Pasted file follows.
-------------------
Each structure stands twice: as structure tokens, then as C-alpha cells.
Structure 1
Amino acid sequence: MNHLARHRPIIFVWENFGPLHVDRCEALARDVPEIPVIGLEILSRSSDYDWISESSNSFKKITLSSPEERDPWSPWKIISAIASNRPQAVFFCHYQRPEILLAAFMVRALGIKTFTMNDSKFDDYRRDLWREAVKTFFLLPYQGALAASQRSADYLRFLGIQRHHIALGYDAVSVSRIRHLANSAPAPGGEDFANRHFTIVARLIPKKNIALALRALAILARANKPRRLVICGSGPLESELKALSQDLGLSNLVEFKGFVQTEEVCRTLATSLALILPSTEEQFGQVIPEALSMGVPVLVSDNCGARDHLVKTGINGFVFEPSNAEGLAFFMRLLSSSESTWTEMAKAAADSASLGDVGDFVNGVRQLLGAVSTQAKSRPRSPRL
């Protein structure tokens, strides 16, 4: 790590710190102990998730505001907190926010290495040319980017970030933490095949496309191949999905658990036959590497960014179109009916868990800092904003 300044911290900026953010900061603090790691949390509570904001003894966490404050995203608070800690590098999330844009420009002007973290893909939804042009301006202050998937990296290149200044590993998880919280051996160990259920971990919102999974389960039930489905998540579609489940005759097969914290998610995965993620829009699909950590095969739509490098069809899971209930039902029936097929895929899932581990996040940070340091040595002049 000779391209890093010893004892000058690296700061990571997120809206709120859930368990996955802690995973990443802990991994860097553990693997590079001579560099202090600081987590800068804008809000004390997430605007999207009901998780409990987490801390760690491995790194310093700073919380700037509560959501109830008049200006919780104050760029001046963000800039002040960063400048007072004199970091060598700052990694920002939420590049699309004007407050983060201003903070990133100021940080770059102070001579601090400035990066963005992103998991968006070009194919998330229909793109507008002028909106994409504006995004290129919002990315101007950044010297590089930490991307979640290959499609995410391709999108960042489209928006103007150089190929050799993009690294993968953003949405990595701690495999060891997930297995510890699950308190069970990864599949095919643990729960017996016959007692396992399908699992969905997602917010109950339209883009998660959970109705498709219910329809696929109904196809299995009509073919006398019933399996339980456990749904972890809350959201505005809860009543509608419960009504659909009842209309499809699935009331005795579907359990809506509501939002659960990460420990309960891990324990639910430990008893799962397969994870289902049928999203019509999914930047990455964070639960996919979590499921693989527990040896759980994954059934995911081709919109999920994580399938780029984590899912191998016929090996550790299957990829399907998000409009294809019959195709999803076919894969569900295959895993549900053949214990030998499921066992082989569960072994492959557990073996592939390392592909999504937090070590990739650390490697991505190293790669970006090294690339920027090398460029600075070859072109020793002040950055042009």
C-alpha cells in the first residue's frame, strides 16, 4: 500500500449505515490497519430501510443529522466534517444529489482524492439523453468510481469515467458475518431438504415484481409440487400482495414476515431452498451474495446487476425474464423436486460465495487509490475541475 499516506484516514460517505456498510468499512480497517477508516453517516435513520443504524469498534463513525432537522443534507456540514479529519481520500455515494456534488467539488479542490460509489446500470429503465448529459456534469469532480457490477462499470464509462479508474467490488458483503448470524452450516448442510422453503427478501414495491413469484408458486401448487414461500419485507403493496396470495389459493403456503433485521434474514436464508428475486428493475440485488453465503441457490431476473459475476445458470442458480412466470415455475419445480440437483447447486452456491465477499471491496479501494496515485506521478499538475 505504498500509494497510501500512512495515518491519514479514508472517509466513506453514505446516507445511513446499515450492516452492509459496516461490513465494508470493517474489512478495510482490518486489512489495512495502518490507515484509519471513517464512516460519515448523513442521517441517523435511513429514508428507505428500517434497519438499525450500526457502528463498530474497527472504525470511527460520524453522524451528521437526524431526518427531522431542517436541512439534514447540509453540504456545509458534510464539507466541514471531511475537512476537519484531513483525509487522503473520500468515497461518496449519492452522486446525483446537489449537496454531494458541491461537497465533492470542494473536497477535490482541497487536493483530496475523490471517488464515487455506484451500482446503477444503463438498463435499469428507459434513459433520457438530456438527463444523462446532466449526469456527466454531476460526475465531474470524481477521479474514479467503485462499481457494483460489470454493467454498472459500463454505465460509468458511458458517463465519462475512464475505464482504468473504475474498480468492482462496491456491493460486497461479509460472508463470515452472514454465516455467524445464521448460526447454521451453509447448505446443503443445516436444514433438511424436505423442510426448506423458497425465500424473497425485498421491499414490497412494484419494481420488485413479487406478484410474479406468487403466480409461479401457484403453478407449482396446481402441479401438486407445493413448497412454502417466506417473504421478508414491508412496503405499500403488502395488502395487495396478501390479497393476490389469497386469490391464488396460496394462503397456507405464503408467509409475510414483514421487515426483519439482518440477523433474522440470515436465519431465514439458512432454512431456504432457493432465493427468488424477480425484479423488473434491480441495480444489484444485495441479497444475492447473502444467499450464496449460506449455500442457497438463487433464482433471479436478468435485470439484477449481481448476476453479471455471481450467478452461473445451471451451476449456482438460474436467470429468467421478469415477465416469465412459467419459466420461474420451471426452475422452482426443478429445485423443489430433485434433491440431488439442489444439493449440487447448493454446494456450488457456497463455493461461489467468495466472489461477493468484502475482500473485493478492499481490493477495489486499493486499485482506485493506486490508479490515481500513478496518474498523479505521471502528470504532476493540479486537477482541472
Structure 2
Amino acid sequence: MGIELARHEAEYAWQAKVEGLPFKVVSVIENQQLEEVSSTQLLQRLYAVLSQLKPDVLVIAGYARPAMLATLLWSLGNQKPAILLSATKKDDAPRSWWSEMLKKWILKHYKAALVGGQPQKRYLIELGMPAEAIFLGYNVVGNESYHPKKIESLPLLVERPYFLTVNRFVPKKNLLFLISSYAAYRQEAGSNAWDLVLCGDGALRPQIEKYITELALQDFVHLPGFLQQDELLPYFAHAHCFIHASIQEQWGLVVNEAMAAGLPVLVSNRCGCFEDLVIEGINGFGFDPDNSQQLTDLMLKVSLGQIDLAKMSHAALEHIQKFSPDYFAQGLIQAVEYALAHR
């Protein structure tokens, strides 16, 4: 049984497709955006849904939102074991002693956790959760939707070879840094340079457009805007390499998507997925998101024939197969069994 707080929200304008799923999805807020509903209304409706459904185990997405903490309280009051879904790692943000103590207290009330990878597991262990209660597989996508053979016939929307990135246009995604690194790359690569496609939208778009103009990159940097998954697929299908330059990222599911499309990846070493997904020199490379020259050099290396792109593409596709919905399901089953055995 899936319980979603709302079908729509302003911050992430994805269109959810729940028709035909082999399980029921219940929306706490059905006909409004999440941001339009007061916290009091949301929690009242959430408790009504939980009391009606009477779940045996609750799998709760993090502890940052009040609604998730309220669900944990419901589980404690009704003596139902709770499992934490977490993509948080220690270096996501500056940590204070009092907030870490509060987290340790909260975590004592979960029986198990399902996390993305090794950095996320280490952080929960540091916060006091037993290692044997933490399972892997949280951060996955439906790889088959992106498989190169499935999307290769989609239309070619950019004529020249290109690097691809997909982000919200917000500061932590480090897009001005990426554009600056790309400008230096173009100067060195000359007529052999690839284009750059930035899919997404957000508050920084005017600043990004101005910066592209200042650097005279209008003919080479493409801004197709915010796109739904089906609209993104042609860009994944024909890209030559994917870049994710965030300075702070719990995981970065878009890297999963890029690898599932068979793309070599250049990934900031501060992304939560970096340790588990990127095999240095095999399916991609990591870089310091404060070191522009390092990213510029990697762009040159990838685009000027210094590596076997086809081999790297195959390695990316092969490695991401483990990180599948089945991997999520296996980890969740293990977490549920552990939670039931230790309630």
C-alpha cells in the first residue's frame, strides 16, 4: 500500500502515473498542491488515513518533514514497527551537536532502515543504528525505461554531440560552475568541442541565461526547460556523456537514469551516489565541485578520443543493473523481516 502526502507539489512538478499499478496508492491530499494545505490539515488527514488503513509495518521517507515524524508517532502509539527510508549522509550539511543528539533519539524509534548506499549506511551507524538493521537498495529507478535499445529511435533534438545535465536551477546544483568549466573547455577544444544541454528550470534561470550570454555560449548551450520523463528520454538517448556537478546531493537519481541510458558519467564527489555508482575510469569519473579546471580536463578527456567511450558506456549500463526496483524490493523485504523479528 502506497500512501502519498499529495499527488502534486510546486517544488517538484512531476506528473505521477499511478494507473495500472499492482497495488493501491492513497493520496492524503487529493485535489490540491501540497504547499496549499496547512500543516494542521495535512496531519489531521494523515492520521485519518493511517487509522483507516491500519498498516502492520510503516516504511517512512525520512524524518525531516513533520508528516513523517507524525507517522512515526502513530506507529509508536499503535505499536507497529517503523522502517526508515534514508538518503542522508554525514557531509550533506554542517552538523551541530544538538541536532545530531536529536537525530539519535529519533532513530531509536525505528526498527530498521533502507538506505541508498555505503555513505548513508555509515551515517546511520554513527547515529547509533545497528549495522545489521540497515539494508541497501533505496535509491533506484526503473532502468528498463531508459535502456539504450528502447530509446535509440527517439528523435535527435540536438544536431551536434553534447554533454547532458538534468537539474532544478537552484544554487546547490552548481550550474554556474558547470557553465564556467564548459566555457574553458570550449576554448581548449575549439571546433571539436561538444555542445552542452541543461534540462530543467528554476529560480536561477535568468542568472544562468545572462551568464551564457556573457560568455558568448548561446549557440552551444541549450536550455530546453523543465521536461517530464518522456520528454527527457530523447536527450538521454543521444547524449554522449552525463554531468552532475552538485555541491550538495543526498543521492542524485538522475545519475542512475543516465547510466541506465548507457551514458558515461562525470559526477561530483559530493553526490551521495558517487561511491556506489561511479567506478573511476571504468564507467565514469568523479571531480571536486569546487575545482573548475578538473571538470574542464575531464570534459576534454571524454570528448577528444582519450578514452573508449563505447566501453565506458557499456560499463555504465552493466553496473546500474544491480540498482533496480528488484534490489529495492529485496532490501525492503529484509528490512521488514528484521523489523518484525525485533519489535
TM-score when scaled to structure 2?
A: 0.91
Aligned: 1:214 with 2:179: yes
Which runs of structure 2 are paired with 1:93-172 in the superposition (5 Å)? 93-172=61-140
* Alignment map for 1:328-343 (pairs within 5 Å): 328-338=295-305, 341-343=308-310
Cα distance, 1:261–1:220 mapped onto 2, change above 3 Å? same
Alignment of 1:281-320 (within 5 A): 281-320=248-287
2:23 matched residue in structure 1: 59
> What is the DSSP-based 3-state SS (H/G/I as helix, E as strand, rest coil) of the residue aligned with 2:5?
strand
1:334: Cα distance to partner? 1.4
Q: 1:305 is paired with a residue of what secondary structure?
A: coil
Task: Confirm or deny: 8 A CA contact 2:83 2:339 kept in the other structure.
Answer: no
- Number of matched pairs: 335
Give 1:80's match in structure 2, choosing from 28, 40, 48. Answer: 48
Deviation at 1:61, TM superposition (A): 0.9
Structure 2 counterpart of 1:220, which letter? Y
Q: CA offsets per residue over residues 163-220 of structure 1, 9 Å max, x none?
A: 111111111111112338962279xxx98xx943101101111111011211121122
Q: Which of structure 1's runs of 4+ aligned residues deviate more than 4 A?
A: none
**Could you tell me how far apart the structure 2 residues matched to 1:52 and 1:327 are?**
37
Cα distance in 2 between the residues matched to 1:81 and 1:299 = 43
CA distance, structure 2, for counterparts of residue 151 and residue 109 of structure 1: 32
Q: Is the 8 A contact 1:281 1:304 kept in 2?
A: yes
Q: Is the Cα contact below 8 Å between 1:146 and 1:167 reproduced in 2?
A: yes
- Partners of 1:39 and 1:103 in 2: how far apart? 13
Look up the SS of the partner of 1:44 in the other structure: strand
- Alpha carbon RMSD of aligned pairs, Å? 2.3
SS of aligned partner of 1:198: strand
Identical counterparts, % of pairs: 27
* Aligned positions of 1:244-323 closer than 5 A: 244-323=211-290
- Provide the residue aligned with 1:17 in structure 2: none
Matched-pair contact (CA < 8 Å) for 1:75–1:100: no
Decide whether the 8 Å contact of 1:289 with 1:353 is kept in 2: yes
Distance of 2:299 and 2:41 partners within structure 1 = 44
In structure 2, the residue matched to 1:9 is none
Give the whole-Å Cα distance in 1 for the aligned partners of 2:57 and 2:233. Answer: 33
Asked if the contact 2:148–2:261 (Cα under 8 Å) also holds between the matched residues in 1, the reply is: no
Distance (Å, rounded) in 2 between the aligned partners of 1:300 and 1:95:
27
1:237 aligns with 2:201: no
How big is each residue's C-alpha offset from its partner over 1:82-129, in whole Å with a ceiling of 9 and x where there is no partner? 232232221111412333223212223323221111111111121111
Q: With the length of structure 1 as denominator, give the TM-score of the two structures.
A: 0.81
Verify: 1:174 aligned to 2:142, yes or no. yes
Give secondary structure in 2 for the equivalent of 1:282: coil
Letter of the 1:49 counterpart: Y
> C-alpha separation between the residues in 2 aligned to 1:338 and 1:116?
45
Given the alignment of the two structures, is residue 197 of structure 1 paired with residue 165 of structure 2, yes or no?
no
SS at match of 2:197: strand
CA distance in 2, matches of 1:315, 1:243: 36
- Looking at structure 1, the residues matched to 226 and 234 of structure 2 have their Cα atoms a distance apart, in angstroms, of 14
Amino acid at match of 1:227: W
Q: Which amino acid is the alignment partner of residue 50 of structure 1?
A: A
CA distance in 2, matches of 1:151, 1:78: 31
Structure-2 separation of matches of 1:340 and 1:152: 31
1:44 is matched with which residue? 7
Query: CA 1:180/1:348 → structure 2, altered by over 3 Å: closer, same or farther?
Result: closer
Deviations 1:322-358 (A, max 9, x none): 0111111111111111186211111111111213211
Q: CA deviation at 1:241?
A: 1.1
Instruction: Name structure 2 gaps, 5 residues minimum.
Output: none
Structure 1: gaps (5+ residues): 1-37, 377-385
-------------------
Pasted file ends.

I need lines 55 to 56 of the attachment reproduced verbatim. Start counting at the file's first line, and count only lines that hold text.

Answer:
27
1:237 aligns with 2:201: no